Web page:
Gooden Brown will turn 63 next year and could be viewed as too old if Murphy wants his pick to have a lasting effect on the Supreme Court. The others, if renominated and reconfirmed in 2027, could each serve at least fifteen years on the Supreme Court.
Other potential Supreme Court candidates
If Murphy opts not to appoint a black women, other potential top court candidates – next year and in a Murphy second term — could include historic picks like the first Asian-American or Muslim Supreme Court Justice.
Some possible choices:
* Rachel Wainer Apter, 38, the director of the New Jersey Division on Civil Rights and a former law clerk to U.S. Supreme Court Justice Ruth Bader Ginsburg. She was a senior staff attorney at the ACLU in New York and served as deputy policy director for Law and Justice on Murphy’s transition team. Graduate of the University of Pennsylvania and Harvard Law School. Lives in Englewood.
* Ronald Chen, 60, served in Gov. Jon Corzine’s cabinet as the Public Advocate and is now the co-Dean of Rutgers-Newark law school. He is currently chairing a task force that is investigating incentives granted by the New Jersey Economic Development Authority. Graduate of Dartmouth College and Rutgers Law School. Lives in Berkeley Heights.
* Gurbir Grewal, 45, is the New Jersey Attorney General and became the first Sikh Attorney General in the nation when Murphy nominated him. He served as the Bergen County Prosecutor and as an assistant U.S. Attorney. He is a graduate of Georgetown University and William & Mary Law School. Lives in Glen Rock.
* Jim Johnson, 58, sought the Democratic nomination for governor in 2017. He served as Assistant U.S. Secretary of the Treasury in the Clinton administration and was a partner at a New York law firm. Graduate of Harvard University and Harvard Law School. Lives in Montclair.
* Hany Mawla, 45, a rising star in the state judiciary, became a Superior Court judge at age 36 and moved up to the appellate court at age 41. He is New Jersey’s first Arab American Muslim judge. Graduate of Rutgers University and Seton Hall Law School. Lives in North Brunswick.
* Matt Platkin, 32, is the chief counsel to the governor. He worked for a New York law firm and for the Brookings Institution before joining the Murphy campaign as policy director. Graduate of Stanford University and Stanford Law School. Lives in Montclair. (Eligible for a judicial appointment in 2024.)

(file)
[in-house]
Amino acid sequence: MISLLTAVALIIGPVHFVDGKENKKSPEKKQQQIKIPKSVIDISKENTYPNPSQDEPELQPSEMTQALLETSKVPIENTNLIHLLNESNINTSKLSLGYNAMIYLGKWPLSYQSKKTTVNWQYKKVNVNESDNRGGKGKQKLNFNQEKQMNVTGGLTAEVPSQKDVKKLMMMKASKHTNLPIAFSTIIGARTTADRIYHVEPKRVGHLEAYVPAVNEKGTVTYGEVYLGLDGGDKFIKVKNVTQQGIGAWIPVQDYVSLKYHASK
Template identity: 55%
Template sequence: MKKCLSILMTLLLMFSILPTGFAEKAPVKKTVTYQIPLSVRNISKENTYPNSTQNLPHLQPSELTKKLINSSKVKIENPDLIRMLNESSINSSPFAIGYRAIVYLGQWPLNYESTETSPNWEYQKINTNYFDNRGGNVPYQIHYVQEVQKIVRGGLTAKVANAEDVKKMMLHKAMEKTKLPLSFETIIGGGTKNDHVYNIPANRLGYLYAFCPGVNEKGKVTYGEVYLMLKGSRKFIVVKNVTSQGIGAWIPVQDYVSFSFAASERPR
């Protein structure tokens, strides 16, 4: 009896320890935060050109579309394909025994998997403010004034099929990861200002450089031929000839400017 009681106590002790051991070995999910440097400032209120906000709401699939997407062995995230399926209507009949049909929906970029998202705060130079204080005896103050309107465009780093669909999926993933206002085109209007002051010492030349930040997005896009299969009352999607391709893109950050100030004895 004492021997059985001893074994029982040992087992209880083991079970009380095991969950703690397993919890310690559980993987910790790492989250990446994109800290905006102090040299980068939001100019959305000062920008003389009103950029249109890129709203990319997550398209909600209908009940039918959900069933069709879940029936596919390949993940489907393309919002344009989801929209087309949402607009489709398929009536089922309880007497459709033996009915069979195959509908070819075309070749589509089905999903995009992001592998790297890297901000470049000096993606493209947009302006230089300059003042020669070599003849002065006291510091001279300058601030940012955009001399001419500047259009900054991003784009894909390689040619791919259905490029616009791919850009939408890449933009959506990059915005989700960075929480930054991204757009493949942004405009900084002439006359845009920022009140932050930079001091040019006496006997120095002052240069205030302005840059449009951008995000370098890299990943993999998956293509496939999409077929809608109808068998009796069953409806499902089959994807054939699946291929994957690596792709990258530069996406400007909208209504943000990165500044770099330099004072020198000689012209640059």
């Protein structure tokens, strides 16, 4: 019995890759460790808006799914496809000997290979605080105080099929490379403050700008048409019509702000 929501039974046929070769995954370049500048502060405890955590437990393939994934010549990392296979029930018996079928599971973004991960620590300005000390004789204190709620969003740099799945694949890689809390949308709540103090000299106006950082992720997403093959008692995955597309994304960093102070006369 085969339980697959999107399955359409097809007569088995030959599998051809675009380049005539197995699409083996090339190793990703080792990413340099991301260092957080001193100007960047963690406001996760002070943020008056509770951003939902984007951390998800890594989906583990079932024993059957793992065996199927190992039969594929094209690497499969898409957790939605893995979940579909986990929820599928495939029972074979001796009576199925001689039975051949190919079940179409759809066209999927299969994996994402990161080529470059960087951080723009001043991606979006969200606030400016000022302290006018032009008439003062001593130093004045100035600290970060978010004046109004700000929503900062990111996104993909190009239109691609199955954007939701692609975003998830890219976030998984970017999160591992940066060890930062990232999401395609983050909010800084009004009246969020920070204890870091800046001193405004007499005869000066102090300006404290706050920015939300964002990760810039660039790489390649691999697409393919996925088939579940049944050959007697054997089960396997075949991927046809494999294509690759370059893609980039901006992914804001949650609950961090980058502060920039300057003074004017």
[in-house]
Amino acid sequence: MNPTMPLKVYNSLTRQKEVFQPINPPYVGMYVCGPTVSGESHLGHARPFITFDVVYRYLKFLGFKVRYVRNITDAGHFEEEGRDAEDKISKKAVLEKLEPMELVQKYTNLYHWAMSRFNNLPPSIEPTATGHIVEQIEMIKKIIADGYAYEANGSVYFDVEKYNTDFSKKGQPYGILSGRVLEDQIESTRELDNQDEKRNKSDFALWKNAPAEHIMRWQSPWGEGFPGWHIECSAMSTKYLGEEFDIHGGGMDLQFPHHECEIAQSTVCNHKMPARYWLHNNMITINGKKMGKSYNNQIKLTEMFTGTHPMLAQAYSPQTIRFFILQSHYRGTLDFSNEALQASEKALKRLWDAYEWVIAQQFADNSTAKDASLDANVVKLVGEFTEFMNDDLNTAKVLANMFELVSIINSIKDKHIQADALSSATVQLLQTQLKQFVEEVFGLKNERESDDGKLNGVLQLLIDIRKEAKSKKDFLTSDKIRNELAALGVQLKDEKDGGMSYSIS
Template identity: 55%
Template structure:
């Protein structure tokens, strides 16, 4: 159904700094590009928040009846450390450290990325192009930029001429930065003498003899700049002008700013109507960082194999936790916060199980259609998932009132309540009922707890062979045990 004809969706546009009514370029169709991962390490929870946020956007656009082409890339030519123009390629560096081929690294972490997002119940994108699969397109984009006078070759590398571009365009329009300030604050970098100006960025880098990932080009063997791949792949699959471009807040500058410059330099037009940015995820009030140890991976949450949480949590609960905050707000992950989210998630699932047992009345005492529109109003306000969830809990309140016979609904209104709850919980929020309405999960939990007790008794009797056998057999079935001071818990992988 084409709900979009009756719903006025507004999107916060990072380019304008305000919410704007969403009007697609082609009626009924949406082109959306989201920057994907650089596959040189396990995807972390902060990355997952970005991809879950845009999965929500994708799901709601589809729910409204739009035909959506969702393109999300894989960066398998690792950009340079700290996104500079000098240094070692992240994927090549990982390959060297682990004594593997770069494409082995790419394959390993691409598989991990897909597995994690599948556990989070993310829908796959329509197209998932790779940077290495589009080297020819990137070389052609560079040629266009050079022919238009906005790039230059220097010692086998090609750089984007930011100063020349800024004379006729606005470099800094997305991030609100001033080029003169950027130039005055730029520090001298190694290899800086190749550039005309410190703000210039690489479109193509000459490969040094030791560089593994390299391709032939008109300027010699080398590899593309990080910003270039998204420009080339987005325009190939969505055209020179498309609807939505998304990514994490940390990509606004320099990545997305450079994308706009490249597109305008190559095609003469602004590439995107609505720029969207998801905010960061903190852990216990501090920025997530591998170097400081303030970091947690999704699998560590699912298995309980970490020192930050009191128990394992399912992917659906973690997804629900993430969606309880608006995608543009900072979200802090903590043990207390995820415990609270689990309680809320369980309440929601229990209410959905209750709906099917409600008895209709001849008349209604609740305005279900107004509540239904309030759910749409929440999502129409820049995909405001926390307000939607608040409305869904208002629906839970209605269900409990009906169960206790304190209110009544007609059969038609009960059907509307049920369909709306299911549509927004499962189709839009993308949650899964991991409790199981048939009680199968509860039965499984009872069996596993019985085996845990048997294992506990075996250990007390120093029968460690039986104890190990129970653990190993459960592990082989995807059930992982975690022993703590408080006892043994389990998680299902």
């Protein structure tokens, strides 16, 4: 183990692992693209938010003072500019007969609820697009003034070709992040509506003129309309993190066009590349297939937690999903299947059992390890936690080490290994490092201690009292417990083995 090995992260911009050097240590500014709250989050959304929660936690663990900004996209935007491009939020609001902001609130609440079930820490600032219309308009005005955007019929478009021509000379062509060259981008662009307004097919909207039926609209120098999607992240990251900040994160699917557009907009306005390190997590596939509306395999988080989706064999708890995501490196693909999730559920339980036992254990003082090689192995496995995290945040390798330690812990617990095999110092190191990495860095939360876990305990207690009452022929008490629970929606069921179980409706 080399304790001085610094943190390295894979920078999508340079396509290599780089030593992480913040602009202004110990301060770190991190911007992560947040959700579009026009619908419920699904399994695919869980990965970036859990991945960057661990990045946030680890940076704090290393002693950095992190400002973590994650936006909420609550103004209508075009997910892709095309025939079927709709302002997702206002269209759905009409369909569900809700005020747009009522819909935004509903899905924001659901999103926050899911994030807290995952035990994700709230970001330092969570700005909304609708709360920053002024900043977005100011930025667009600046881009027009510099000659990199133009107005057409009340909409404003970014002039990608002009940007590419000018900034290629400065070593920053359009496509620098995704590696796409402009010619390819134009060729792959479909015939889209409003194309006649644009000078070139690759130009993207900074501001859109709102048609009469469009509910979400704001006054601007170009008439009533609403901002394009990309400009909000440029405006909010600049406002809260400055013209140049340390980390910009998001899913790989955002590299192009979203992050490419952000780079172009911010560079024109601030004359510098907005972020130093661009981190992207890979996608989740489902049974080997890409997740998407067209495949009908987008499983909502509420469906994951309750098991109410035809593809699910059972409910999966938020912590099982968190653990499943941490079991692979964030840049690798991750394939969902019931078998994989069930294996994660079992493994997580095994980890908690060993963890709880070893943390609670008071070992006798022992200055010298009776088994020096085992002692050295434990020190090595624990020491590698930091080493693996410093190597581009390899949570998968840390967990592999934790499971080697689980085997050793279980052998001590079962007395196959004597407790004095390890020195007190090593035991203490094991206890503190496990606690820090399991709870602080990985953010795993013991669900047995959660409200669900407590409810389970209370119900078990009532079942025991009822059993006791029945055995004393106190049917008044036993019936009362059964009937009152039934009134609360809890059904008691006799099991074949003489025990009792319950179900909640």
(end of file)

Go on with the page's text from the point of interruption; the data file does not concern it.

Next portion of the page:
* Alexander Shalom, 41, the senior supervising attorney at the ACLU-NJ. He is a former assistant deputy public defender and was the capital cases clerk to Chief Justice Deborah Poritz. Graduate of Tufts University and New York University Law School. Lives in South Orange.
* Kevin Walsh and Adam Gordon of the New Jersey Fair Share Housing Center. Walsh, 45, joined Fair Share Housing in 2000 and is now executive director. Graduate of The Catholic University of America and Rutgers Law School and lives in Merchantville. Gordon, 39, began at Fair Share Housing in 2006 and is now associate director. He also runs Next City magazine. Graduate of Yale University and Yale Law School and lives in Collingswood.
Chen and Johnson could age out if they aren’t picked for Timpone’s seat.
The timeline on a Murphy nomination is unclear, but Timpone must depart by November 10, 2020 – his 70th birthday.
Timpone went to the bench in 2016 as a compromise between Christie and Senate President Steve Sweeney for a seat that had been vacant for six years. Christie had refused to renominate Wallace and Sweeney steadfastly declined to confirm a series of Republican nominees for a seat that he viewed as a Democratic one.
After Timpone, the next scheduled Supreme Court vacancies come in 2022 and 2024, when four more justices turn 70: Faustino Fernandez-Vina (February 15, 2022); Barry Albin (July 7, 2022); Lee Solomon (August 17, 2024) and Jaynee LaVecchia (October 9, 2024).
LaVecchia was 46 when Gov. Christine Todd Whitman named her to the court in 2000 and Albin was 50 when Gov. James E. McGreevey nominated him in 2002.
Justice Anne Patterson will reach the mandatory retirement age in 2029 – she was 52 when Christie appointed her in 2011 – and Chief Justice Stuart Rabner turns 70 in 2030; he was 47 when Gov. Jon Corzine picked him.